Through stories from real-life couples, Money in Love aims to start conversations about how money works in relationships.
Whether it’s negotiating each other’s spending habits or sharing costs from loft conversions to loo roll, the financial side of romance can be fraught with challenges.
In fact, according to Money Advice Service, the average couple has 39 arguments about money a year! One in seven married people have a secret stash of cash, and almost a quarter said their other half would be surprised if they knew the real state of their money.
Meet Michael & Dan
London-based couple Michael and Dan earn different amounts and have opposite outlooks when it comes to their money. So they’re happiest keeping their finances separate.
How do you manage money together?
Michael: We’re now quite individualistic. We have a joint account and for a while we each put money in. But it’s been easier to split bills from our individual accounts.
Dan: We both have different spending habits. I’m happy to split the bill when I feel it’s appropriate, but I don’t want to fund Michael’s lifestyle. He has a taste for champagne and prosecco!
Sometimes I’d feel awkward spending on the joint account card, because it’s not really my money. For me, spending in the joint account has to be a joint purchase. I couldn’t use it for my day-to-day coffee.
Michael: We have some money in the joint account for incidentals, like if we go out for breakfast together. But otherwise it’s easier and we both feel more comfortable when we have control over our own finances.
Michael and Dan both got their pilot licenses for fun last summer.
Dan: A couple we’re friends with have a huge difference between their earnings. So one of them relies on the joint account for her discretionary spending. I think it’s interesting that they’re a straight couple and we’re a gay couple.
Michael: In our case, we’re both earning enough to individually manage our finances. But in gay relationships, I think there aren’t those predisposed roles.
In straight relationships, perhaps there’s an expectation around someone being the home body that provides care for the family, or for one person to be the breadwinner and the other to take care of other parts of the relationship. We’ve never even had to consider those stereotypes and I think that’s the difference. We don’t have to think about the same social norms.
Do you argue about money?
Michael: We never argue about how we manage money. But we disagree on lifestyle spending, guilty pleasures and when extravagant spending is and isn’t necessary.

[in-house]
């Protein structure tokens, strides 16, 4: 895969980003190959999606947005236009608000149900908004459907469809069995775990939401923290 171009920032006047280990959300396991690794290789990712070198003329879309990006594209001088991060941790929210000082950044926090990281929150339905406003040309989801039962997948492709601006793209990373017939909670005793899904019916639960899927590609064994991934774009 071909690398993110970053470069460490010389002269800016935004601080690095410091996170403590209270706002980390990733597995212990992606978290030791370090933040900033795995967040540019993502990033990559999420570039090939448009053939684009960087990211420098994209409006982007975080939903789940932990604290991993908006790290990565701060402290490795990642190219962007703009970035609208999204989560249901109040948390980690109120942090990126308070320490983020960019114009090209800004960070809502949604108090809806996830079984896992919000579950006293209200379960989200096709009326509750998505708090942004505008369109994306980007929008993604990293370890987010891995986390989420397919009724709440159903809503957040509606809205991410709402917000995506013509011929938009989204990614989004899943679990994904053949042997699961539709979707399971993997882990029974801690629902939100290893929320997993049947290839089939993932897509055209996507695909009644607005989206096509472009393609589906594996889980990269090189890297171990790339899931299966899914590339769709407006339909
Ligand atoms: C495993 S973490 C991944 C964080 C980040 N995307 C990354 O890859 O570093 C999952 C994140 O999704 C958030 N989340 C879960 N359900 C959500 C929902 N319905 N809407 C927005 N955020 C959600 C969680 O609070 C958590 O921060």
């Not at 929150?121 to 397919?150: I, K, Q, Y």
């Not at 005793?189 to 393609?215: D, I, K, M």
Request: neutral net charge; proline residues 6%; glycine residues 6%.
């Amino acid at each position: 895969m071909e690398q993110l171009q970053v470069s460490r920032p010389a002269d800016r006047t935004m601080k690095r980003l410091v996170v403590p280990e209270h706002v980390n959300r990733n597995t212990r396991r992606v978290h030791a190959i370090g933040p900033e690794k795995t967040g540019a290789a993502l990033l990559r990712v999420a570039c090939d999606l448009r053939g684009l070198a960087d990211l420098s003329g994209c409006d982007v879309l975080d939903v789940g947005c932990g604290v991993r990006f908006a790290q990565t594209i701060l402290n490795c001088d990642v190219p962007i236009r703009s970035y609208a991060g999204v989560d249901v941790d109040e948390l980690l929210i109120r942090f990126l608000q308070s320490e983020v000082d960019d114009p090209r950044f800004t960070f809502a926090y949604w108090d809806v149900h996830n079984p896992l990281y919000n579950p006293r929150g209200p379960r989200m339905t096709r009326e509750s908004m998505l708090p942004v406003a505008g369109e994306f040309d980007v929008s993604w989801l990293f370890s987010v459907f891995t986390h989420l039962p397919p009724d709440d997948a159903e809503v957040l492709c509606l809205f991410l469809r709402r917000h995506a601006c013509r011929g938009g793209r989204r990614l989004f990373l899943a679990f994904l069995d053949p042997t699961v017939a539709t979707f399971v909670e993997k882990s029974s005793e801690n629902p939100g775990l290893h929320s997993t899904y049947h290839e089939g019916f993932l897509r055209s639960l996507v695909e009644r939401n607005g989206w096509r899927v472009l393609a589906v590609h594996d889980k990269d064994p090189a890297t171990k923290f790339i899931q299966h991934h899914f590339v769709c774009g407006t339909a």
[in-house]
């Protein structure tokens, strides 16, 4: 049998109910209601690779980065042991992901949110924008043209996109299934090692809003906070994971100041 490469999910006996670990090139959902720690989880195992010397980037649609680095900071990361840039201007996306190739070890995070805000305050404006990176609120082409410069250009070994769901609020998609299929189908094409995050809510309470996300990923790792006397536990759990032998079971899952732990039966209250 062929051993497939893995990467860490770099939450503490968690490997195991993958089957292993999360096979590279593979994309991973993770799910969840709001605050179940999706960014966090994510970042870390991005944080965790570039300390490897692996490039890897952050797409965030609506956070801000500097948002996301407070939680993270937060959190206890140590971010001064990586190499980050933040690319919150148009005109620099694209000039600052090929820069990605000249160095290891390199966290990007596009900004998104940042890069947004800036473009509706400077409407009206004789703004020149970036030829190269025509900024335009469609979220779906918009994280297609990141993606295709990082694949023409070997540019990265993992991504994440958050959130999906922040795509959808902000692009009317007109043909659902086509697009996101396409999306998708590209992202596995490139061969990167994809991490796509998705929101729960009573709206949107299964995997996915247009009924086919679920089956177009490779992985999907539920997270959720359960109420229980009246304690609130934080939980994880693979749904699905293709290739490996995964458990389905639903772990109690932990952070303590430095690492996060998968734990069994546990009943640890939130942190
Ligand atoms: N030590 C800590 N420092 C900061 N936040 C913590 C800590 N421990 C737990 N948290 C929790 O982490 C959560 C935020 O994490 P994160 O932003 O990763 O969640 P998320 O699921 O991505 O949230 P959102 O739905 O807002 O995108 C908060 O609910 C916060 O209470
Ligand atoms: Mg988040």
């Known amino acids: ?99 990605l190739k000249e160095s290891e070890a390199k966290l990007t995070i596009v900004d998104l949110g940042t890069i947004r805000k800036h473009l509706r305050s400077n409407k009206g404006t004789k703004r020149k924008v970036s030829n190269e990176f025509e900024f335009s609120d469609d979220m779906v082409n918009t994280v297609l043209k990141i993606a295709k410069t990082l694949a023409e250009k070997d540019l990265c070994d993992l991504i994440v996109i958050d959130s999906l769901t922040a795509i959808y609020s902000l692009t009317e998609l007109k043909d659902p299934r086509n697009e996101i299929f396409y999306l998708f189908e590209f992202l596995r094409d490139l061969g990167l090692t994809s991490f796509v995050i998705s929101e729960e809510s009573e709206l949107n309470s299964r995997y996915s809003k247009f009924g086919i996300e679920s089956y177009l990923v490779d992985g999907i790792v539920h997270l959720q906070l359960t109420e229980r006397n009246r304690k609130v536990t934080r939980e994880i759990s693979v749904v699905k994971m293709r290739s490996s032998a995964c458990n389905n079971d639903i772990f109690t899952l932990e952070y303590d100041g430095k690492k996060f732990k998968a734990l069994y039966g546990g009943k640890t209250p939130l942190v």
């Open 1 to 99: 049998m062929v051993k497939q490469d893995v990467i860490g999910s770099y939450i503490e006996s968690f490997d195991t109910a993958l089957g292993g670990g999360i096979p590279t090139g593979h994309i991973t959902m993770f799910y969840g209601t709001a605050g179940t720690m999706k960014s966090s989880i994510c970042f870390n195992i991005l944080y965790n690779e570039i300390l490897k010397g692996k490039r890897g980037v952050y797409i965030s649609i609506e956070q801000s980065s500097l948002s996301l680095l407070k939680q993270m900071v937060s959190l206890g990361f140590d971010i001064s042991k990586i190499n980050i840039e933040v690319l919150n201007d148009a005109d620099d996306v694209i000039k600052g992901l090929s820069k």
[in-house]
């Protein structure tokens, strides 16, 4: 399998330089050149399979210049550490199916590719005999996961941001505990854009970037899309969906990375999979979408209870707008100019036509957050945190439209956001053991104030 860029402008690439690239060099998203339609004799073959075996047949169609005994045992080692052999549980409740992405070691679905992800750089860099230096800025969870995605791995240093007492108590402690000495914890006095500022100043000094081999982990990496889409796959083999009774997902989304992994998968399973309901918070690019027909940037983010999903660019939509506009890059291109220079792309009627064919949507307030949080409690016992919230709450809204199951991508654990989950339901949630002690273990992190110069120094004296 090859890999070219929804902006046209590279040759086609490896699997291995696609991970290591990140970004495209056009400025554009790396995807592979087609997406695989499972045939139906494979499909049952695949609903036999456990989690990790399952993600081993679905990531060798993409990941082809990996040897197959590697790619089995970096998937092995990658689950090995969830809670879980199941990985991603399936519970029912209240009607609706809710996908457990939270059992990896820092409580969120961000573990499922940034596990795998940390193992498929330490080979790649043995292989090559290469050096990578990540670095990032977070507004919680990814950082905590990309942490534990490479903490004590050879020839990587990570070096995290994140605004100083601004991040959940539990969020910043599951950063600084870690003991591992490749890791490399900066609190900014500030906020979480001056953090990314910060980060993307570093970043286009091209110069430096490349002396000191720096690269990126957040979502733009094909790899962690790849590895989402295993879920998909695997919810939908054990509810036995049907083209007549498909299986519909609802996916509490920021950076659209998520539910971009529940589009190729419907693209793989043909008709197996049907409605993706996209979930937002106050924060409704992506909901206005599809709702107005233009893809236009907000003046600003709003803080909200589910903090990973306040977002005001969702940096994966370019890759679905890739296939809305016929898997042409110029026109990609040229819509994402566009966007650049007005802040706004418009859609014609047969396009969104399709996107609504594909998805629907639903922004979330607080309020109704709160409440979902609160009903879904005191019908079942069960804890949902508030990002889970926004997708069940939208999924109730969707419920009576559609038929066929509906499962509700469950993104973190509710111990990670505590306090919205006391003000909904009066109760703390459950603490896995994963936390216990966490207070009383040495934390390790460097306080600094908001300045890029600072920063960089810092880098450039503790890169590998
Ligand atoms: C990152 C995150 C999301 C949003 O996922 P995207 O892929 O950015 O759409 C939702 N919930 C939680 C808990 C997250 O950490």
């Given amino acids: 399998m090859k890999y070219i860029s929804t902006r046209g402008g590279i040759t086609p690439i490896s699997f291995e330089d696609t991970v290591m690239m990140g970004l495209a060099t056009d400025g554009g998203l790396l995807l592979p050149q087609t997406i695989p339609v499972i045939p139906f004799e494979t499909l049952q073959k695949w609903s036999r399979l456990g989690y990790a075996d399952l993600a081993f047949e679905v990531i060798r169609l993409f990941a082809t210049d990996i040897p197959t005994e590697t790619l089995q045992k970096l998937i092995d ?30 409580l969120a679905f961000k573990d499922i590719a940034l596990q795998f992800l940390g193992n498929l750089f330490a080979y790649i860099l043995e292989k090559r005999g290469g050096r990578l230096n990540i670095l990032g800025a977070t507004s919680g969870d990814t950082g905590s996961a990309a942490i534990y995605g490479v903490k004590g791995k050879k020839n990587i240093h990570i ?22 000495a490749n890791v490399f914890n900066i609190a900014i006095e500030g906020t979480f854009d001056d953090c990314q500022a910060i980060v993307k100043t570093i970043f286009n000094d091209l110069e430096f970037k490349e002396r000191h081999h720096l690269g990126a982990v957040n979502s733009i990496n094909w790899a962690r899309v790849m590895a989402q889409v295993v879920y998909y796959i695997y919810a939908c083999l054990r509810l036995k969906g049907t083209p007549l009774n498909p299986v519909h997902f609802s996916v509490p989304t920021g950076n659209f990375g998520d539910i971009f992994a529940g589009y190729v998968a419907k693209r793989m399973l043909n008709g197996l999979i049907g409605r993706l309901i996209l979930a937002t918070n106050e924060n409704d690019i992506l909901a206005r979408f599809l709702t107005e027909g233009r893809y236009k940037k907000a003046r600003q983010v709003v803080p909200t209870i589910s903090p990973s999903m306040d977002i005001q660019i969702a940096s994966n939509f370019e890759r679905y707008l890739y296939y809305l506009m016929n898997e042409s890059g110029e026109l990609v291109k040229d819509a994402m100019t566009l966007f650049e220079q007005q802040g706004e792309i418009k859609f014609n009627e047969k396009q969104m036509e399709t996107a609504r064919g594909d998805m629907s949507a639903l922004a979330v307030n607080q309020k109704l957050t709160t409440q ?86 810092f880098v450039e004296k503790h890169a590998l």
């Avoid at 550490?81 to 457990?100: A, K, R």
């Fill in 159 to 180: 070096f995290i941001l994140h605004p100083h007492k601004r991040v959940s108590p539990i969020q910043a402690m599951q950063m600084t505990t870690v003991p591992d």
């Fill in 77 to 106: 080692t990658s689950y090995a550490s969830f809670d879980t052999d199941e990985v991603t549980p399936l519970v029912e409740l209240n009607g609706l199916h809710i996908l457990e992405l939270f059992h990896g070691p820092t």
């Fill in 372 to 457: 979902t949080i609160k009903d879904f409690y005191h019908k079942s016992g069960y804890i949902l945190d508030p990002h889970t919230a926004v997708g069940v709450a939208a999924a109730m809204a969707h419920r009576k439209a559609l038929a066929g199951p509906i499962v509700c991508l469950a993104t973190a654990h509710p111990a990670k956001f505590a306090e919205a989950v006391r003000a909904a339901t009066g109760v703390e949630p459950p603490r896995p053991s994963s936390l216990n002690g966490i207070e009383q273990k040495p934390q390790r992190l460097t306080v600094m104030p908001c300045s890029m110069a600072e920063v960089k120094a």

Dan: I’ve got something wrong with my skin at the moment, and Michael wanted me to pay for a private GP rather than waiting to get it seen on the NHS. He thinks I should get it sorted now, even though it’ll cost a bit more. But I’m more patient.
Michael: I’m willing to spend extra if it means less time.
Dan: Our previous housemate described Michael as the “King of Convenience” and I think that’s definitely true. He’d love to get a cleaner, but I won’t let him. I do most of our cleaning because I’m here more than him and I don’t mind doing it.
We come from different backgrounds. My dad’s incredibly frugal and I’ve inherited that trait. Michael’s from a more comfortable background.
Do you think of yourselves as being ‘good’ with money?
Dan: We both have a good approach. We’re both heavily influenced by The Barefoot Investor, a financial advisor who’s written books on how to manage your finances.
Based on that, we use 60% of our income for day-to-day expenses, 20% on lifetime savings and clearing debts, and then the other 20% is to do what we want with.
It works really well for both of us because it’s proportionate. Michael earns more than me, but proportionately we both spend about the same. And we automate all of it.
How does that work?
Dan: I have my salary paid into my Lloyds bank account and then 80% goes into my Monzo account. The remaining 20% goes towards long term savings and clearing debts (I’ve got a loan, for example). In my Monzo, the money goes into different Pots. I prefer it that way because otherwise I’ll spend it!
Michael: I do it the same way but I get paid into my Monzo account. On the day I get paid, it all gets divided up into Pots.
What are your long term financial goals as a couple?
Dan: I’d love to buy a house, preferably with Michael before I’m 30.
Michael: I’ve got a flat already which is where we’re living in London. Thinking about the future together, if we could buy something outside London that would be good.
Want to share your story? Email us at [email protected] with a bit about yourselves and your relationship with money. If we interview you, we'll give you £25 each to put towards a date night. And if you’d rather stay anonymous, we can change your names ❤️
If you're thinking of managing money with your partner, open a joint account with Monzo!